Tea party's Richard Mourdock trails in Indiana Senate race, poll shows
Once favored to win the US Senate race in Indiana, the GOP's Richard Mourdock now trails by 11 points, a new poll shows. Independents, in particular, have abandoned him since his statement about pregnancy from rape and God's intent.
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While Mourdock’s favorability rankings have tanked, Mr. Donnelly’s have held steady. That’s especially true among independent voters, who make up about one-quarter of the Indiana electorate. Independent women have a 12 percent favorable versus 48 percent unfavorable view of Mourdock, and among independent men, 23 percent view him favorably and 51 percent view him unfavorably.Skip to next paragraph
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Independent voters are now breaking 3 to 1 for Donnelly. In September, Donnelly had an insignificant edge of 32 percent to 30 percent over Mourdock among that subset of voters.
Mourdock's deputy campaign manager, Brose McVey, challenged the poll's findings and charged that the pollsters did not release all of the data. The Mourdock campaign released its own internal data, showing Mourdock with a statistically insignificant two-point lead, 46 percent to 44 percent. The campaign's poll queried 600 voters and had a margin of error of 4 percent.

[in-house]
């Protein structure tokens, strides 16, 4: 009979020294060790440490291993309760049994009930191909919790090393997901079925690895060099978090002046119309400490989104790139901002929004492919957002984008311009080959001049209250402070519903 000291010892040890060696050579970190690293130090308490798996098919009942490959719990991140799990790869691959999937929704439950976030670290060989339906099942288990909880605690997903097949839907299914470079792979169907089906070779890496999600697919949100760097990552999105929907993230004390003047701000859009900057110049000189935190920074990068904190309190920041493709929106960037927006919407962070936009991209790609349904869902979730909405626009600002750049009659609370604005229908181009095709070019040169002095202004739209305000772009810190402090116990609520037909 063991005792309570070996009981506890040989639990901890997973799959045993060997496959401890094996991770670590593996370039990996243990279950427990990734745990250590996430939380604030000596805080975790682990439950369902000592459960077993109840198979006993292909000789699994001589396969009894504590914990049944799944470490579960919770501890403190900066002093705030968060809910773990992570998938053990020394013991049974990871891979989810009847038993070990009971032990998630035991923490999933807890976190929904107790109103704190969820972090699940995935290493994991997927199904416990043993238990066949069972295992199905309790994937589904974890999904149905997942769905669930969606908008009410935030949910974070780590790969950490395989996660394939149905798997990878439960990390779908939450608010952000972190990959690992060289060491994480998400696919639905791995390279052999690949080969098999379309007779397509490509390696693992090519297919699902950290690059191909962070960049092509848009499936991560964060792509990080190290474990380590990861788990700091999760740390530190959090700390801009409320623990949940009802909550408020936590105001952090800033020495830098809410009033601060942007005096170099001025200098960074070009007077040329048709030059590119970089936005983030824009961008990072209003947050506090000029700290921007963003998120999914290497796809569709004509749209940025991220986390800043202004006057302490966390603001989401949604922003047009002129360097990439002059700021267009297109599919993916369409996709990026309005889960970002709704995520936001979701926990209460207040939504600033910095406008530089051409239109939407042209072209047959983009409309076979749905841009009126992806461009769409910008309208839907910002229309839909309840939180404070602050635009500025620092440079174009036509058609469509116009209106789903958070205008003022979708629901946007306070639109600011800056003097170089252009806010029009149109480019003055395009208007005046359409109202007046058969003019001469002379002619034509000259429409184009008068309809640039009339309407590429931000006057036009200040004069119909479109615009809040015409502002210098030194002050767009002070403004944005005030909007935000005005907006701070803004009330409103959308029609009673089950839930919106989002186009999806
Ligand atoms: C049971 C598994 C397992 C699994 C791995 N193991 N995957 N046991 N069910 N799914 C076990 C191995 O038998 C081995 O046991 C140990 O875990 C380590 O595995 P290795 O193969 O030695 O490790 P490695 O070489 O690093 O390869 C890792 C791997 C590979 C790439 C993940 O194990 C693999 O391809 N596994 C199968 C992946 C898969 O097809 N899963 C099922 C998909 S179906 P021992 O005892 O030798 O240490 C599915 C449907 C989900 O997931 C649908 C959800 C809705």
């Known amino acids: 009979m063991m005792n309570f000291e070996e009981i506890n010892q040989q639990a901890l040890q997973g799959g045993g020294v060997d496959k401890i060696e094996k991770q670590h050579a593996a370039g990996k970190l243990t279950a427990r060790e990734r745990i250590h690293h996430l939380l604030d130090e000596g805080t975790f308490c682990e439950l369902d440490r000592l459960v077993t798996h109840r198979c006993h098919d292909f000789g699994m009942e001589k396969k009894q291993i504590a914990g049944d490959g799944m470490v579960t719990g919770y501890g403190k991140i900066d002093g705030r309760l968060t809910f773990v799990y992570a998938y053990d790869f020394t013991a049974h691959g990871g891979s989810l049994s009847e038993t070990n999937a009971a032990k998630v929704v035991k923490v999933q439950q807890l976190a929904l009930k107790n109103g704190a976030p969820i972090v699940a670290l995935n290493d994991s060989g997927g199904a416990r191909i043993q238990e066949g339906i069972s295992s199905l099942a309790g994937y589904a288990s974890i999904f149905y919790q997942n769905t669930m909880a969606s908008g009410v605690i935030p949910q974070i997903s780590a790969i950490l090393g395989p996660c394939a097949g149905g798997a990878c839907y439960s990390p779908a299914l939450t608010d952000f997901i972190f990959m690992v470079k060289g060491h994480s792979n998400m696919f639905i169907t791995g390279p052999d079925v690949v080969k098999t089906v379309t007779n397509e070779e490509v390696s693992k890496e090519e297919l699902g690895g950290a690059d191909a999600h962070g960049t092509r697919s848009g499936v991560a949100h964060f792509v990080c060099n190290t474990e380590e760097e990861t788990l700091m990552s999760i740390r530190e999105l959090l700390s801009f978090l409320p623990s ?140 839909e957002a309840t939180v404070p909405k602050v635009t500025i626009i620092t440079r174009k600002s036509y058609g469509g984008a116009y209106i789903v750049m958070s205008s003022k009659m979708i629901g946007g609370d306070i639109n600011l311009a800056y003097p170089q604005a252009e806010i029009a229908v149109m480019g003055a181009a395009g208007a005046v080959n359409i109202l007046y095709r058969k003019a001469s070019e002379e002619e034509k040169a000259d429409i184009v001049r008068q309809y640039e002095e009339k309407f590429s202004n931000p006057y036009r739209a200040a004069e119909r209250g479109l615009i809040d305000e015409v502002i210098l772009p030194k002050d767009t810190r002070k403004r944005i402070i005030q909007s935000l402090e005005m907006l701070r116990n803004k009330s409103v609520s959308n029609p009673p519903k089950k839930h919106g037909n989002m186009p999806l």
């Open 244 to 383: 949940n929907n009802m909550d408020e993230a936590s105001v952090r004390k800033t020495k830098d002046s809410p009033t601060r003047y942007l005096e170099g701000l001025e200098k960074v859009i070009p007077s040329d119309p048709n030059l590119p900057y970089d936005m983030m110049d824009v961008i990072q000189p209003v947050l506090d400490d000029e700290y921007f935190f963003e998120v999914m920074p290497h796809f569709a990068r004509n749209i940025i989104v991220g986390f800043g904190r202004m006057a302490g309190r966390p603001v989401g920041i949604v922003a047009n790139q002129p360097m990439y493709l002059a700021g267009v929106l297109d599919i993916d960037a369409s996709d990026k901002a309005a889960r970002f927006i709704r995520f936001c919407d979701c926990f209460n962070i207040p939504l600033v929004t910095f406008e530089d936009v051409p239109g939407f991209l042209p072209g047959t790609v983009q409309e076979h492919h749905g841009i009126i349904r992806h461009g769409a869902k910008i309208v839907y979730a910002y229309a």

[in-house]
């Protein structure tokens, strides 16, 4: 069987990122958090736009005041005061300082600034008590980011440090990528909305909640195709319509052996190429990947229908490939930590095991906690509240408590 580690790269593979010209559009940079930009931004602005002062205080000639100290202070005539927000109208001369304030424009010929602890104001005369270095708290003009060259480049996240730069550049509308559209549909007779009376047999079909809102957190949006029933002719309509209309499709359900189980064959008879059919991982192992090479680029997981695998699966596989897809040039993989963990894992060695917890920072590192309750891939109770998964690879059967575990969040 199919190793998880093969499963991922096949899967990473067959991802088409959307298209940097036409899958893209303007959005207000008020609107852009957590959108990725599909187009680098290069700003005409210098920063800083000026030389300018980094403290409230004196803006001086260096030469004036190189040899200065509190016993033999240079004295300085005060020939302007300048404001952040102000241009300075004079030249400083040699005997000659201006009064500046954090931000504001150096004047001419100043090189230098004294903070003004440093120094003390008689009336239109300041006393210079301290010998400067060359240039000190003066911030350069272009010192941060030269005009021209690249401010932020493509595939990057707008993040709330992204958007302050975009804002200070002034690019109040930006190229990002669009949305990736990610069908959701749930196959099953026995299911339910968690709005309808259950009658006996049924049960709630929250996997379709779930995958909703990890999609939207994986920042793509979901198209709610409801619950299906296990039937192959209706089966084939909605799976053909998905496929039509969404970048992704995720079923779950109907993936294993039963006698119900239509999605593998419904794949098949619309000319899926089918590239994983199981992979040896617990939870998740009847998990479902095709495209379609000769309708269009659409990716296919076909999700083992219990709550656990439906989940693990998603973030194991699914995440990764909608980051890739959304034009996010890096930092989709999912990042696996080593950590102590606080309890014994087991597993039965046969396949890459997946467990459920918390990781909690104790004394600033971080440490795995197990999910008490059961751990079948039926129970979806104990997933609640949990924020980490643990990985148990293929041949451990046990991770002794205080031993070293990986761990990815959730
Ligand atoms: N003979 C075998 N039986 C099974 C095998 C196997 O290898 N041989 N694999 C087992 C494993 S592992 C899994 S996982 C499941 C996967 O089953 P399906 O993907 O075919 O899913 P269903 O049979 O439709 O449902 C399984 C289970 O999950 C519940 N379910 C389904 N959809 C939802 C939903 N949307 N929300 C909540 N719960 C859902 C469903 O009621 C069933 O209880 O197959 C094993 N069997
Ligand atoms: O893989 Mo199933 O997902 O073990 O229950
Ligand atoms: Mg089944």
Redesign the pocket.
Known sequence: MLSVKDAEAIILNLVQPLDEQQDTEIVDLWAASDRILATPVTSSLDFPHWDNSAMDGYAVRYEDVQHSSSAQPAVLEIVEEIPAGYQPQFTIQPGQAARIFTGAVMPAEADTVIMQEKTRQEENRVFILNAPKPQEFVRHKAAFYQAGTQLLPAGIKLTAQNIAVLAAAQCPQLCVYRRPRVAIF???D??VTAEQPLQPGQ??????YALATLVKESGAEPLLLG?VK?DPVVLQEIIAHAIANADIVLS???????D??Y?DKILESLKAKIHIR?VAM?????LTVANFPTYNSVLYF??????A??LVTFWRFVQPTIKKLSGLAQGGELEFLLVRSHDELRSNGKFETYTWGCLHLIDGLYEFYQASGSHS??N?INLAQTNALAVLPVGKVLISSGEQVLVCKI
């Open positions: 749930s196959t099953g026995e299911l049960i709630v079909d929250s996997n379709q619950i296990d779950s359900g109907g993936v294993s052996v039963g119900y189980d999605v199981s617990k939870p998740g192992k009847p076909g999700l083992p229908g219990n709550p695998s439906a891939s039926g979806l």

If Mourdock loses, the proximate cause may well be his ill-fated rape comments at the candidates' final debate. However, Friday’s poll shows another factor is at work: Mourdock's inability or unwillingness to consolidate state Republicans, including those faithful to former Sen. Richard Lugar (R), the man Mourdock bested in the GOP primary.
The bottom line, writes Indiana analyst Brian Howey, is this: In Indiana, what went around for Mourdock in the April primary may be going around for Donnelly in October. The bump in Donnelly’s polling numbers is identical to the size of Mourdock’s spring bounce, which led Howey to forecast a “potential landslide” for Mourdock for the primary.
That landslide came to pass. But Mourdock, Howey writes, misinterpreted that result.
“Just 15% of those Republican voters had voted for Mourdock because of his Tea Party ideology. Most voted Lugar out because they thought he was too old and had been in Congress too long,” Howey writes. “Mourdock and his campaign took the landslide victory for opposite reasons, believing it had validated his Tea Party stances against bipartisanship and consensus.”
It's telling that Mourdock is winning just 70 percent of Republican voters. Instead of consolidating the Lugar Republicans, Mourdock in May went on cable television and began a gaffe spree by quipping that his favorite thing is “to inflict my opinion on someone else.” It is that attitude, Howey writes, that “sowed the seeds for his probable defeat on Tuesday.”
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